“The stamp duty exemption for rescuing contractor/developer covers the instruments of loan agreements to finance the completion of abandoned housing projects and instruments of transfer of titles for land as well as houses affected.

“For the original house purchaser in the abandoned project, stamp duty exemption covers instruments of loan agreements for additional financing and instruments of house transfer.

“Both stamp duty exemptions are given on loan agreement and instruments of transfer executed from Jan 1, 2021 until Dec 31, 2025 for abandoned housing projects certified by the Ministry of Housing and Local Government,” Lam said.

Meanwhile, with regard to stamp duty exemption for exchange traded fund, it is given on contract notes for trading of Exchange Trade Fund (ETP).

“This exemption is effective for the trading of Exchange Trade Fund (ETP) executed from Jan 1, 2021 until Dec 31, 2025,” Lam explained.

Based on National Property Information Centre (Napic) reported that in the first half of 2020, Malaysia’s residential property overhang rose 3.3 per cent to 31,661 completed units worth RM20.03 billion during the period, compared to 30,664 units valued at RM18.82 billion in the first half of 2019. 

In Napic’s Property Market Report for the first half of 2020, it was projected that asking prices may continue to take a dip in the months to come, but not necessarily in Sabah and Sarawak as supply of housing is limited, except for some strata property like pricey condominiums, due to limited suitable land costs hiked up by speculative developers and flippers.

“Despite these findings, there is a silver lining as it may unlock pent-up demand for millennials looking for affordable homes,” said PropertyGuru Malaysia country manager Sheldon Fernandez.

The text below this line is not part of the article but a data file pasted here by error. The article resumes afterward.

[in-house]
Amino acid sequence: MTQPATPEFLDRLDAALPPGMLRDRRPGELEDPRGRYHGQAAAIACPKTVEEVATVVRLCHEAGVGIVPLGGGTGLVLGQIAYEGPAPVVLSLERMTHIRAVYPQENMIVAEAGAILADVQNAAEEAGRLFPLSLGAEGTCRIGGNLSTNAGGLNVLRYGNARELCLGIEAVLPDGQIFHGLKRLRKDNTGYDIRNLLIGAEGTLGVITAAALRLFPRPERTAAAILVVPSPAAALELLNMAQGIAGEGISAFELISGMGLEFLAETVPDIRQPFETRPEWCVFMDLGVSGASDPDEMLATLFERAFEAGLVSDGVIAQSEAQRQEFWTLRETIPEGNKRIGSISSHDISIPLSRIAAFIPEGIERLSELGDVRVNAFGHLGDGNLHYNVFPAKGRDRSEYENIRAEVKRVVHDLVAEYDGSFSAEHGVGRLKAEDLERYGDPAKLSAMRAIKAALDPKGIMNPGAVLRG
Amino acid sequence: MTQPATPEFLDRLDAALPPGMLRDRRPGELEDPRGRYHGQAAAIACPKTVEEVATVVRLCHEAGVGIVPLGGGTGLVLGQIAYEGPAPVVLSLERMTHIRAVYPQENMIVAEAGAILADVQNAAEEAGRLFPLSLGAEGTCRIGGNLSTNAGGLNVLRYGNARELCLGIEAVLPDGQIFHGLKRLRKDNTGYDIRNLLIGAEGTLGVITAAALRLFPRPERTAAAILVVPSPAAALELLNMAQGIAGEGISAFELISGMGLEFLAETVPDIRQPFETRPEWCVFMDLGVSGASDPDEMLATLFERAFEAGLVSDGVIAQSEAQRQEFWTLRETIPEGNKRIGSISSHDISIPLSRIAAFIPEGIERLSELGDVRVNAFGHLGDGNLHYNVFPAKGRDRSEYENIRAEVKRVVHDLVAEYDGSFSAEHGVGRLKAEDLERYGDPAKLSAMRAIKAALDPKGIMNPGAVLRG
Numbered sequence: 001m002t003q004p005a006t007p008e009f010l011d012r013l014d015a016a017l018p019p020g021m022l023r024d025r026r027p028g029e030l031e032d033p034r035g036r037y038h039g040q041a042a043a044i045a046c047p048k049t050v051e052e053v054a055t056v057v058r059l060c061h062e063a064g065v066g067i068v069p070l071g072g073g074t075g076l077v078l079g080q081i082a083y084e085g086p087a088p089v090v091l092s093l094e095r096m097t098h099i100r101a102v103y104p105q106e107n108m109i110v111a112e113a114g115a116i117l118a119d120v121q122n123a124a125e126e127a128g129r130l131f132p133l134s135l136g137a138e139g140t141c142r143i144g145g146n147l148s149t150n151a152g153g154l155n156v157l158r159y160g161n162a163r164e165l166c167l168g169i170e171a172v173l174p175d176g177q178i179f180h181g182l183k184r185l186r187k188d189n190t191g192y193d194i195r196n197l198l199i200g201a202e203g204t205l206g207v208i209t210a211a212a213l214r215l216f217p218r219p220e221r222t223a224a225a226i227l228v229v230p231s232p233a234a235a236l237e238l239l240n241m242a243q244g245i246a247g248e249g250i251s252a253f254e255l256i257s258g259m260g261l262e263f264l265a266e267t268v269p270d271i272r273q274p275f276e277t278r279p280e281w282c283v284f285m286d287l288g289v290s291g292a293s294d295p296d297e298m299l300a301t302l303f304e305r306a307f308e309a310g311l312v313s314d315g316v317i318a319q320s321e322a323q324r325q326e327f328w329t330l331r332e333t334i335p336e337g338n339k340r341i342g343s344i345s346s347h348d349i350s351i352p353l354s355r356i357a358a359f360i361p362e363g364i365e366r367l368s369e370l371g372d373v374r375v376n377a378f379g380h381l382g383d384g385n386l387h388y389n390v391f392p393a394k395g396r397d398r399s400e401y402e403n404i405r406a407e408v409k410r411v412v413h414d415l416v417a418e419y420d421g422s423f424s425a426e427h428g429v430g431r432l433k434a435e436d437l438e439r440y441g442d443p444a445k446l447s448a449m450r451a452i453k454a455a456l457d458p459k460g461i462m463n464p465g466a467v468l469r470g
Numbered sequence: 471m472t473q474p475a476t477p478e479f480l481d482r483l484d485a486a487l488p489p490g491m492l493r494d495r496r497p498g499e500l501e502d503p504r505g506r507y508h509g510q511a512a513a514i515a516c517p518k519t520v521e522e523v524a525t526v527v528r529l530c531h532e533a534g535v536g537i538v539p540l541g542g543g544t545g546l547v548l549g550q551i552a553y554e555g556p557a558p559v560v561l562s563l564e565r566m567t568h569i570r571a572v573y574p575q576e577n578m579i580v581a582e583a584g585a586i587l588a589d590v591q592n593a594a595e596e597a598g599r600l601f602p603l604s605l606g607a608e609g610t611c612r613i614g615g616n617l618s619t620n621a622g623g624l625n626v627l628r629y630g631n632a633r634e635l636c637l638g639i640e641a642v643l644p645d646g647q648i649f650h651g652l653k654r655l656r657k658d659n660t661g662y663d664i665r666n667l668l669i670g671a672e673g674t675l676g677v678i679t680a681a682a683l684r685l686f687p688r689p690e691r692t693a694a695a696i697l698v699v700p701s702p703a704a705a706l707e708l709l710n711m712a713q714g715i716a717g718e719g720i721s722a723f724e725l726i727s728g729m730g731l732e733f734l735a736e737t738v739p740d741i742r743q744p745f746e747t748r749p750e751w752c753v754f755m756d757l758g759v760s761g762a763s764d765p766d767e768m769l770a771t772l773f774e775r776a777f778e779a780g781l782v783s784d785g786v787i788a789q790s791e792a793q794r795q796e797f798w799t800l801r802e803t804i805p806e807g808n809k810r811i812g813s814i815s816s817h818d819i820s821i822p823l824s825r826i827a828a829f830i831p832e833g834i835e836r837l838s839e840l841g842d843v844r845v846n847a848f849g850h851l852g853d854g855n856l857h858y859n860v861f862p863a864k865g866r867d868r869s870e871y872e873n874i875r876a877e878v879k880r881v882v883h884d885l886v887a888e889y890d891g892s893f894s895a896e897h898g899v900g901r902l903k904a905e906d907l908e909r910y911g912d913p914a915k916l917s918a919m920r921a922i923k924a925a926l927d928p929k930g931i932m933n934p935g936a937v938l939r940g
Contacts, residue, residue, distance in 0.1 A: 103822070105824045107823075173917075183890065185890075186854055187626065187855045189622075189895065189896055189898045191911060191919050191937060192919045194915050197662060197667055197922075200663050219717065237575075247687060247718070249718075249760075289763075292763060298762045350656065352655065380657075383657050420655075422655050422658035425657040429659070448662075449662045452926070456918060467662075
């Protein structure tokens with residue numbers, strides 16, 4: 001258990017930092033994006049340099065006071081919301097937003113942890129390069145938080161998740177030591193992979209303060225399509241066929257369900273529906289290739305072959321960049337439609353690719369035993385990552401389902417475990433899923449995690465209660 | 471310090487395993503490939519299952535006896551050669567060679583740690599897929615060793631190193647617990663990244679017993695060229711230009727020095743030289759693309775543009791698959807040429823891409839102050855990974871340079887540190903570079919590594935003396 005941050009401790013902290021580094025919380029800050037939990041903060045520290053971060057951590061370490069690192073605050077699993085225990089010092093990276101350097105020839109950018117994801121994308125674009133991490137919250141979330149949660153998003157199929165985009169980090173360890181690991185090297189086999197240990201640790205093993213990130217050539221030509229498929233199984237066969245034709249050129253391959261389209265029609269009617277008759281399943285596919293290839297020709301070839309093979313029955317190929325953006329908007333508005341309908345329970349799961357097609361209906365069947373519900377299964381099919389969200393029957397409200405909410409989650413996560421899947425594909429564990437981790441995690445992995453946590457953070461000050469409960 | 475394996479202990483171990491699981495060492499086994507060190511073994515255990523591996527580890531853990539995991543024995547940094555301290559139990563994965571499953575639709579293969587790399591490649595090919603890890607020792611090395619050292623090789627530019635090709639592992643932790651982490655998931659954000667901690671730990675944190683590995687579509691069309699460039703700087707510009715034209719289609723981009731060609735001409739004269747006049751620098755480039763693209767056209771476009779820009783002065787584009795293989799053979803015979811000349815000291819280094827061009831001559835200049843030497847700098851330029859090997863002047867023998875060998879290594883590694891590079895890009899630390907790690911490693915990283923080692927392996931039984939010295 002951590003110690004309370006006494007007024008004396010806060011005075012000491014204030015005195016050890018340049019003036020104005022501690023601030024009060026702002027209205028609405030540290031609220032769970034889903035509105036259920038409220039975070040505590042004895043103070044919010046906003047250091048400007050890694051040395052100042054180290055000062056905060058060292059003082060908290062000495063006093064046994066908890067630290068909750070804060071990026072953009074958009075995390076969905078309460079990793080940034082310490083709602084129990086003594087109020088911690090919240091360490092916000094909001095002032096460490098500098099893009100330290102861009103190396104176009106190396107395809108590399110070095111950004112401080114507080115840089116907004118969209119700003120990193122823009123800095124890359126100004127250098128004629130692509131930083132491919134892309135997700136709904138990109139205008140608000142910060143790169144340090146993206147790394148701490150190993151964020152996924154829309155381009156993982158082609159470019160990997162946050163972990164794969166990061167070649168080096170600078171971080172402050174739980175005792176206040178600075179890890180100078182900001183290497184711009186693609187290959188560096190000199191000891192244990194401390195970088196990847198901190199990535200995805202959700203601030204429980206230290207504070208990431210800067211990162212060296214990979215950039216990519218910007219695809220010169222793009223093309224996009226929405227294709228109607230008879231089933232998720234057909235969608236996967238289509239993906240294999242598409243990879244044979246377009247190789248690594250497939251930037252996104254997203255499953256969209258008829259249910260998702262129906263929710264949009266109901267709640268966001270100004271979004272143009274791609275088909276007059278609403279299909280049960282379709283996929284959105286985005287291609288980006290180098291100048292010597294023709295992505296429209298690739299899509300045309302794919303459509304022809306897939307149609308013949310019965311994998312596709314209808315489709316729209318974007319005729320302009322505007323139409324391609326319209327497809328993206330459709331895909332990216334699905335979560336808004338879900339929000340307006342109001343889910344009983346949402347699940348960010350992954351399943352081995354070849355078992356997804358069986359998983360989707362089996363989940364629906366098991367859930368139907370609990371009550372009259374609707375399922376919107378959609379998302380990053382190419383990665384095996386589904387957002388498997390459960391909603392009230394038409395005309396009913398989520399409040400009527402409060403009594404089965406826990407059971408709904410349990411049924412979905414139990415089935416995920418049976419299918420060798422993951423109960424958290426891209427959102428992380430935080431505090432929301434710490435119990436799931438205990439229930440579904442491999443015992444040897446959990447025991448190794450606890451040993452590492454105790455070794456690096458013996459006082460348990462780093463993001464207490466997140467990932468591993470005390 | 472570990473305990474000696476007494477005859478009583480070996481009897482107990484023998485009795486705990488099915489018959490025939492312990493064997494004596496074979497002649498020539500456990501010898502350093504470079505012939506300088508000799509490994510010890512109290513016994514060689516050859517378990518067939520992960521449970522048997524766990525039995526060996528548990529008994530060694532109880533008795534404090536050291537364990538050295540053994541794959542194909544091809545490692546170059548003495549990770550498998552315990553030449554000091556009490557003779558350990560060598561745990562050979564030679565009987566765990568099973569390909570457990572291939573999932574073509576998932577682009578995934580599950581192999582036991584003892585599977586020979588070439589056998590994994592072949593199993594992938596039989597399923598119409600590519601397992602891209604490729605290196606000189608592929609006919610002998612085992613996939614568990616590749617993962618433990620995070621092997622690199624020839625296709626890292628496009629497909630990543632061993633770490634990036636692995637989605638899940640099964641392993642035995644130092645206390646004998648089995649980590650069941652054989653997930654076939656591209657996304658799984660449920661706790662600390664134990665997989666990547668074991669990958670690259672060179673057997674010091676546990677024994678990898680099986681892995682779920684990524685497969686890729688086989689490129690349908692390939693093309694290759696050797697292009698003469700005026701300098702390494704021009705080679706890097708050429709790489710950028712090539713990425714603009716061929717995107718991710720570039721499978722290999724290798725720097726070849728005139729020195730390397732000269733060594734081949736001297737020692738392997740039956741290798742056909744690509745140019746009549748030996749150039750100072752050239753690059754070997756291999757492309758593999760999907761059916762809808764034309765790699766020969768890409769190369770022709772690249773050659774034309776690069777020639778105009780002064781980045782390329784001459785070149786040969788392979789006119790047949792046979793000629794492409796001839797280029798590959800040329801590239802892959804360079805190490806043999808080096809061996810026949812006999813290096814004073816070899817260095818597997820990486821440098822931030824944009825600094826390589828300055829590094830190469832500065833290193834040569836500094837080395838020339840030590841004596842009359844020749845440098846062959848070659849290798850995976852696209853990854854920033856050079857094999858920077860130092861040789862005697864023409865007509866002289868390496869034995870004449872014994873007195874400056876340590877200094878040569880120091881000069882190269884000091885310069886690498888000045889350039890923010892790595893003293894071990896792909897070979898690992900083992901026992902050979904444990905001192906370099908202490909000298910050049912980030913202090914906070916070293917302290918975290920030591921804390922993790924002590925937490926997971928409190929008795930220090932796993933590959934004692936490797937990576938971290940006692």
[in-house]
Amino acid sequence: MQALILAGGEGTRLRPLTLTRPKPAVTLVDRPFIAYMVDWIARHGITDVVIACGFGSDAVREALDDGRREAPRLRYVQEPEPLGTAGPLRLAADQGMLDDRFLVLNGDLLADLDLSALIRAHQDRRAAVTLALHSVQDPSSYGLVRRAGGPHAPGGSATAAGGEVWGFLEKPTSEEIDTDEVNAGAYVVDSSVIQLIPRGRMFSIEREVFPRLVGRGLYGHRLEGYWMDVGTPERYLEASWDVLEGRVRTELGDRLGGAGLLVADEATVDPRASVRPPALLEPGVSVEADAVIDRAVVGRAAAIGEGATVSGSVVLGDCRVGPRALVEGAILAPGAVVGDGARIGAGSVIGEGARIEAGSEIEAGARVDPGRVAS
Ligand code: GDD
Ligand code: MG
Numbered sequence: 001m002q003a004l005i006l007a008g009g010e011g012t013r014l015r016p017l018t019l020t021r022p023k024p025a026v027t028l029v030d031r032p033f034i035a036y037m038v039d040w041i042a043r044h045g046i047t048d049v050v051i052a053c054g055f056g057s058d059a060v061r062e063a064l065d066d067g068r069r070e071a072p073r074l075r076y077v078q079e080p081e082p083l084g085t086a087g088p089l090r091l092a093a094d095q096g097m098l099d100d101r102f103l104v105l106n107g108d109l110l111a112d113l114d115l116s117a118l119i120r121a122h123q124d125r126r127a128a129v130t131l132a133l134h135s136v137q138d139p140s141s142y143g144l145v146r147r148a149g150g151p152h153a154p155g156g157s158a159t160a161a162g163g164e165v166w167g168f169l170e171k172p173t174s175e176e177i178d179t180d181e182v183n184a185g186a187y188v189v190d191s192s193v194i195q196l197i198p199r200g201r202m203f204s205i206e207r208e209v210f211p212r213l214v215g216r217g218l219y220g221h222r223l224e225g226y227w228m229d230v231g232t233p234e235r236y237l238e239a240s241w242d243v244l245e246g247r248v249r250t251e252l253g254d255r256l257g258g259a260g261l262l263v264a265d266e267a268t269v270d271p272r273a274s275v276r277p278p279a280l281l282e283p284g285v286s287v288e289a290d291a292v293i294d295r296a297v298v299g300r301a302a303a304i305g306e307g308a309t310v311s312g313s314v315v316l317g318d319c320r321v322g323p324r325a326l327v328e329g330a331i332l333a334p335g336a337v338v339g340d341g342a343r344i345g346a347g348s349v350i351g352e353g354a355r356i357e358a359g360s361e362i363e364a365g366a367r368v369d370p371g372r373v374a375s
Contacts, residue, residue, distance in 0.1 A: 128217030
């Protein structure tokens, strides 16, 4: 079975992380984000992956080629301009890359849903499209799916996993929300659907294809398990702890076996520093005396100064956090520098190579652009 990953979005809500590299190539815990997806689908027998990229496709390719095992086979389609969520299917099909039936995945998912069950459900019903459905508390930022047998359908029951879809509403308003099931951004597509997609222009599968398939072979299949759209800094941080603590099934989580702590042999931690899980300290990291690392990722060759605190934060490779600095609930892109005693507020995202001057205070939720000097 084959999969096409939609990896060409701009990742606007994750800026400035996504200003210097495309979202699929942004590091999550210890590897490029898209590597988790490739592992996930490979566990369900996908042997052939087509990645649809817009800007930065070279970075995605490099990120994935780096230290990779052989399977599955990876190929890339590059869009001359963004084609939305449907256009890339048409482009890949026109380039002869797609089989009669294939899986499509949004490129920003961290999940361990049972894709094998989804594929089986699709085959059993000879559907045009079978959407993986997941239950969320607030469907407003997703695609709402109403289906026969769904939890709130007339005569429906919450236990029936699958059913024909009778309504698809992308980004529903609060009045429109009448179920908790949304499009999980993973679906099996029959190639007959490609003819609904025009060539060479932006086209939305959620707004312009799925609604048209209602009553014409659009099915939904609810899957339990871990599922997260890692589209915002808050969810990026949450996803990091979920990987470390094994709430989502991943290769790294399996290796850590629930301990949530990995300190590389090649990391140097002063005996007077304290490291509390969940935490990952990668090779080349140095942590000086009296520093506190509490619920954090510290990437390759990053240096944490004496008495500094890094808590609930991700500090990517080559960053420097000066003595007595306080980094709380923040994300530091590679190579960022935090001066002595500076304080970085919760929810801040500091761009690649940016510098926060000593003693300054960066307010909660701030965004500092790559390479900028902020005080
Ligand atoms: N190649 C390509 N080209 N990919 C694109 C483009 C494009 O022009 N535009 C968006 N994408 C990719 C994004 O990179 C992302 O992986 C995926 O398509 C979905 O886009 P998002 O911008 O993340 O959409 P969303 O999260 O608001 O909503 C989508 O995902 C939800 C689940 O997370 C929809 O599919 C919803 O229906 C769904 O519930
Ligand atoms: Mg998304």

Malaysia’s property market is still dealing with the effects of the Covid-19 pandemic in the third quarter of 2020. 

PropertyGuru Malaysia Property Market Index (MPMI) reported a downward trend in asking prices across all four key markets of Kuala Lumpur, Selangor, Penang and Johor, but not widespread in Sabah yet, although a lot of condominiums are on the market.

“Overall, property asking prices in Malaysia dropped by 1.34 per cent this quarter; in contrast to the 0.38 per cent increase registered in the second quarter of 2020 and 0.63 per cent increase in the first quarter of 2020.

“For the first time this year, all key markets saw prices falling, indicating that this could be more than a quick dip”.

PropertyGuru believes that the implementation of the conditional movement control order (CMCO) due to rising Covid-19 cases will impact current and future commercial activities, leading to a dampening effect on asking prices and the overall property market.

Penang also saw a slight contraction of 0.64 per cent this quarter, it said, noting that the slight downward dip in asking prices indicates that the state is a stable haven for those who wish to preserve their assets through property investments.

“Market watchers continue to be confident of the state’s long-term prospect, despite it having the second-largest property overhang in the country,” said Fernandez.

Other states also saw quarter-on-quarter growth in new properties, namely Penang (20.30 per cent), Kuala Lumpur (14.39 per cent) and Johor (18.36 per cent).

“As for Kuala Lumpur, it is going through a challenging period with weakened interest from foreign investors, leaving an unsold upmarket stock that is mismatched with local appetites and affordability range,” added Fernandez.

The MPMI aggregates and indexes data from over 450,000 listings on PropertyGuru.com.my demonstrates the movement of supply-side pricing.